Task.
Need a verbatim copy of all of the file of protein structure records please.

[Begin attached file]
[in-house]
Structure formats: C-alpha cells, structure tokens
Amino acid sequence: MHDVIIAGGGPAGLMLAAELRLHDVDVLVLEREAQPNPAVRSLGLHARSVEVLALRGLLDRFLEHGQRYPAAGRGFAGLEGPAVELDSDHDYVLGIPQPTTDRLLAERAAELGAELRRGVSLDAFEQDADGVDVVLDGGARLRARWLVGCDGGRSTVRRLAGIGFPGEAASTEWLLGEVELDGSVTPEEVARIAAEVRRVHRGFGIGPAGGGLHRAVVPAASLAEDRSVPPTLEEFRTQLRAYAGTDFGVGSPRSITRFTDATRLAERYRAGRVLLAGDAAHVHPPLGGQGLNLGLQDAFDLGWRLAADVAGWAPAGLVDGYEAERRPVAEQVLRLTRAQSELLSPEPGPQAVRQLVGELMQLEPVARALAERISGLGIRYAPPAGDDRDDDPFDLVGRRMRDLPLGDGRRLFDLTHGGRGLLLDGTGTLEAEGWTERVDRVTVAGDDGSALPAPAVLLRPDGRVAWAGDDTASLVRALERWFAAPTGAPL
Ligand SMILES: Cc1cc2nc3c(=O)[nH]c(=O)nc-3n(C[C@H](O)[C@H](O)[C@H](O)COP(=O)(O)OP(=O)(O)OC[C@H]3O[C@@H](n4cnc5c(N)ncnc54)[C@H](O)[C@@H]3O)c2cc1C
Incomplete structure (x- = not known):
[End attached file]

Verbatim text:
[in-house]
Structure formats: C-alpha cells, structure tokens
Amino acid sequence: MHDVIIAGGGPAGLMLAAELRLHDVDVLVLEREAQPNPAVRSLGLHARSVEVLALRGLLDRFLEHGQRYPAAGRGFAGLEGPAVELDSDHDYVLGIPQPTTDRLLAERAAELGAELRRGVSLDAFEQDADGVDVVLDGGARLRARWLVGCDGGRSTVRRLAGIGFPGEAASTEWLLGEVELDGSVTPEEVARIAAEVRRVHRGFGIGPAGGGLHRAVVPAASLAEDRSVPPTLEEFRTQLRAYAGTDFGVGSPRSITRFTDATRLAERYRAGRVLLAGDAAHVHPPLGGQGLNLGLQDAFDLGWRLAADVAGWAPAGLVDGYEAERRPVAEQVLRLTRAQSELLSPEPGPQAVRQLVGELMQLEPVARALAERISGLGIRYAPPAGDDRDDDPFDLVGRRMRDLPLGDGRRLFDLTHGGRGLLLDGTGTLEAEGWTERVDRVTVAGDDGSALPAPAVLLRPDGRVAWAGDDTASLVRALERWFAAPTGAPL
Ligand SMILES: Cc1cc2nc3c(=O)[nH]c(=O)nc-3n(C[C@H](O)[C@H](O)[C@H](O)COP(=O)(O)OP(=O)(O)OC[C@H]3O[C@@H](n4cnc5c(N)ncnc54)[C@H](O)[C@@H]3O)c2cc1C
Incomplete structure (x- = not known):